In Harrison, maintenance overall has been subpar, according to the anonymous RA living in the building. The anonymous RA wrote that hallways, floors, and lounges appear to almost never have been cleaned and that many members of the RA staff were “frustrated” with “persistent maintenance issues” and “poor support from administration” in responding to them. 
Elevators in the high rises have also faced problems with interruptions to service. Out of 43 elevators in the residential portfolio, the 12 in the high rises account for about 60% of elevator-related work orders, Kothari said. The elevators in the high rises encounter more usage due to the density and footprint of the building.
All elevators are on campus, are tested annually and certified to be safe and in working condition,”  Kothari said. “Having said that, the elevators do have minor repairs from time to time.”
Harrison’s elevators have been particularly problematic, dealing with month-long repairs and a situation in which all the buttons stopped working. In an Oct. 7 email to Harrison residents, Building Administrator Chris Lawson said that Harrison’s second elevator would be out of service for approximately a month.
“While inspecting the elevator earlier this week, the elevator repair company determined that while the elevator was safe to use, it was time to replace certain aging gears and bearings used to operate the elevator,” the email read.
Forchielli said that the elevator in question was making “particularly significant noise” due to issues with its gears.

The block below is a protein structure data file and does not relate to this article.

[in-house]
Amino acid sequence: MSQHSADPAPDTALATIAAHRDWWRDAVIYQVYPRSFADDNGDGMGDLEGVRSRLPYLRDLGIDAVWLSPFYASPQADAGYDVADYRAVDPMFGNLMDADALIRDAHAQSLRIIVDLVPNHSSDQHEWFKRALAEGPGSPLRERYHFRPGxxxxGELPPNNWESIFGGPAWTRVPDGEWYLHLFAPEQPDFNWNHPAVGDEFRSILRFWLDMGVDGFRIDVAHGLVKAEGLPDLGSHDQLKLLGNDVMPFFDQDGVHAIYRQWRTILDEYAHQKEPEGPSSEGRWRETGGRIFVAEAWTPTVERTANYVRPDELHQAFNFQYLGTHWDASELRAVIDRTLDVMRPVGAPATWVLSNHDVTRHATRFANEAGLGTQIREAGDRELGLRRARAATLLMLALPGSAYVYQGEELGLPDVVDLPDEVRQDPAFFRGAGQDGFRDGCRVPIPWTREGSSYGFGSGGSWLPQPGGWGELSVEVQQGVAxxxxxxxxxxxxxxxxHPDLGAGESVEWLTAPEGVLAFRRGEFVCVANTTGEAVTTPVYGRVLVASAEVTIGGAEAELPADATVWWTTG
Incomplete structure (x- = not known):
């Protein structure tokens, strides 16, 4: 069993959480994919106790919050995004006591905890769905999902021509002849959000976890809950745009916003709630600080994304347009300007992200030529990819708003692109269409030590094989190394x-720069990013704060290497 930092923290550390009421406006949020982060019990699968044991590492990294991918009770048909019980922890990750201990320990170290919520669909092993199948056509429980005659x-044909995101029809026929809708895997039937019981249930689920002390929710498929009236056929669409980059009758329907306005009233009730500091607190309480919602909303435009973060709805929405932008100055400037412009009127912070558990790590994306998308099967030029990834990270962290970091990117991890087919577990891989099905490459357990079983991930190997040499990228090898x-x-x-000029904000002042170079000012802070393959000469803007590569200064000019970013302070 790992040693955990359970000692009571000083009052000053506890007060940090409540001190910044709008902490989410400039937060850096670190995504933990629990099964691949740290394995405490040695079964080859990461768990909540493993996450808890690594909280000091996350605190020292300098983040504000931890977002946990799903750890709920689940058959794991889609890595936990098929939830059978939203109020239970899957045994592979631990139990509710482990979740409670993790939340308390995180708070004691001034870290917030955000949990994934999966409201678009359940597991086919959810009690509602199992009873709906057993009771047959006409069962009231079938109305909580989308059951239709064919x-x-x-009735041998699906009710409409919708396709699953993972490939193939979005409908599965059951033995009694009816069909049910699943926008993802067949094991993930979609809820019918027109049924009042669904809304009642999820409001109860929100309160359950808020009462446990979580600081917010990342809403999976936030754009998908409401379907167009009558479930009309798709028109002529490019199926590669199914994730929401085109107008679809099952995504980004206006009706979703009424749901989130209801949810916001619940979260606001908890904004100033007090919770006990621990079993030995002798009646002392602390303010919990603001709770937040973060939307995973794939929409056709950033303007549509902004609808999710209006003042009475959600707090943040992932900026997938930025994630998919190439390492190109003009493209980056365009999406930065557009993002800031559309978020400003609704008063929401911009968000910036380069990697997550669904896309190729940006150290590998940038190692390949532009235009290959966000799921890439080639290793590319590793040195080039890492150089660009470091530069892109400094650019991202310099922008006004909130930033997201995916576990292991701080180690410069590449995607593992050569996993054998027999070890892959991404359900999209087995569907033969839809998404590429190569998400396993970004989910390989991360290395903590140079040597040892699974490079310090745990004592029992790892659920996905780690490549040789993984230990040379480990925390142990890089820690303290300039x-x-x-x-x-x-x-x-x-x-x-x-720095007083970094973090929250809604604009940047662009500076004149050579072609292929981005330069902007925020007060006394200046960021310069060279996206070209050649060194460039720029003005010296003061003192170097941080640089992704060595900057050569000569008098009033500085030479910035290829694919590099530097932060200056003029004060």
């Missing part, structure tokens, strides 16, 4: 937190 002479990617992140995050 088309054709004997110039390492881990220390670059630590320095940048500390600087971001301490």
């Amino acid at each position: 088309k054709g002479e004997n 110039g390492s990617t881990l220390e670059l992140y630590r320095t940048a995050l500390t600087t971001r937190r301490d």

“In terms of operations, [it] was going to probably break down fairly frequently over the next few months,” he said. “So we figured we might as well go ahead and take care of this now.”
Then, on the morning of Oct. 12, the elevator call buttons stopped working in Harrison, forcing students on all levels to take the stairs down the building. Repairs were completed later that day, according to an email sent by Lawson to Harrison residents.
“I had to go down 19 flights of stairs to get to class,” College sophomore Ryan Tannir, a Harrison resident, said. “And a lot of the times, only [two out of four] elevators are operating.”
Rodin’s elevators are the newest of the three buildings, having been installed during 2016 and 2017, according to Kothari. Forchielli added that the elevators in Harnwell and Harrison had cosmetic work done in the mid-2000s, but still contained components that were original to those buildings. 
“No elevator on campus has been reported for dropping floors, and in fact it is impossible for cars to fall unless all the cables are cut,” Kothari replied when asked about posts on Sidechat, a social media platform, that claimed that an elevator fell six flights in Rodin.
Forchielli speculated that such a report could have stemmed from the elevators being programmed to return to a specific floor if no buttons are pressed inside.
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“If you had a situation when you stepped into an elevator and you either forgot to hit the button, or there’s a malfunction with the button, and then it started … going down like it normally does, you might perceive that somehow that it had fallen,” Forchielli said. 
Barbara Lea-Kruger, Penn Business Services’ director of communications and external relations, encouraged students to note any issues in their residences immediately. 
“If students can report issues right away, that’s critical,” Kruger said. “And that has to do with anything, any kind of maintenance issue, whether it’s pests, whether it’s, you know, trash chutes, whether it’s mold, whether it’s anything, students have a big role to play in prevention.”